Potassium becomes tightly fixed between clay layers in dry soil conditions, and is not available until water moves through the soil again.
Drought, high yields can lead to soil potassium deficiency
Drought in many areas of the Midwest this year could yield some surprising results in soil tests: Lower than expected levels of soil potassium.
"Potassium becomes tightly fixed between clay layers under dry soil conditions and does not become available until water moves through the soil again," says Dan Wiersma, livestock information manager for Dupont Pioneer.
And the potassium accumulated by corn plant residue from the previous year won’t be released until rainfall allows microbial breakdown of the residue and movement of the potassium back into the soil profile, he says.
Dairy farmers and their crop consultants can prevent potassium deficiencies in alfalfa and corn by calculating potassium removal by the preceding year’s crop. For example, every ton of alfalfa harvested will remove 60 lb. of potassium. So a 10-ton yield will remove 600 lb. per acre of potassium.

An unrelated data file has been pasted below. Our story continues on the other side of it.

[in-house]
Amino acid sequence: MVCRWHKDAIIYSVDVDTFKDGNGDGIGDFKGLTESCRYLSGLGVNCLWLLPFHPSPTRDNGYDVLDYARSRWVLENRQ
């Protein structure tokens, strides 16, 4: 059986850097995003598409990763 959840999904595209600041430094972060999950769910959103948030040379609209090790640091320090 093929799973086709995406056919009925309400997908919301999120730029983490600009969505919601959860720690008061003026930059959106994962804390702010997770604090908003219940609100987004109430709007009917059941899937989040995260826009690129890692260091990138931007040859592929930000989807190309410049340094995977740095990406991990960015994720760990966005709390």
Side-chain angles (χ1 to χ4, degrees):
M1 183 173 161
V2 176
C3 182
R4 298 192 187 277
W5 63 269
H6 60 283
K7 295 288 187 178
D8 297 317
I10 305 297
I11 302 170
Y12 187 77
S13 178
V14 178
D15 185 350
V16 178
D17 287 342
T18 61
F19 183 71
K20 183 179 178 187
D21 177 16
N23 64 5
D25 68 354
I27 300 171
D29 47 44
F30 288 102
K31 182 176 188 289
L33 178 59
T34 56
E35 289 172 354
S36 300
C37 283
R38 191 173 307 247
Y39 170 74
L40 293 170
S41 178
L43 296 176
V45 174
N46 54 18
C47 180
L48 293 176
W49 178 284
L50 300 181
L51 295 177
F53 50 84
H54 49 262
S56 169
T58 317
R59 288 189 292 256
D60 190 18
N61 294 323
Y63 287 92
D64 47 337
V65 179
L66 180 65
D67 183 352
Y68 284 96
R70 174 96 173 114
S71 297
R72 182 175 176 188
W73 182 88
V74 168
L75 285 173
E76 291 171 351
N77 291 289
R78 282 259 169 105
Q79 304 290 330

To replenish established alfalfa fields, potassium should be applied twice each year. The first application should occur after first cutting and the second after the last summer harvest.
"For new seedings of alfalfa, it is important to build up soil potassium to the optimum or high range before seeding because this is the only opportunity during the life of the stand to mix nutrients throughout the top soil," Wiersma says.
Corn silage will remove 8 to 9 lb. of potassium per ton and corn grain will remove 0.3 lb. of potassium per bushel. As a result, a 25 to 30 ton per acre yield of corn silage will remove 225 lb. to 270 lb. per acre; and a 200 bu. to 230 bu. per acre corn yield will remove 60 lb. to 70 lb. per acre, Wiersma says.
For corn, potassium should be applied prior to planting and then worked into the soil for optimal crop uptake.
- March 2013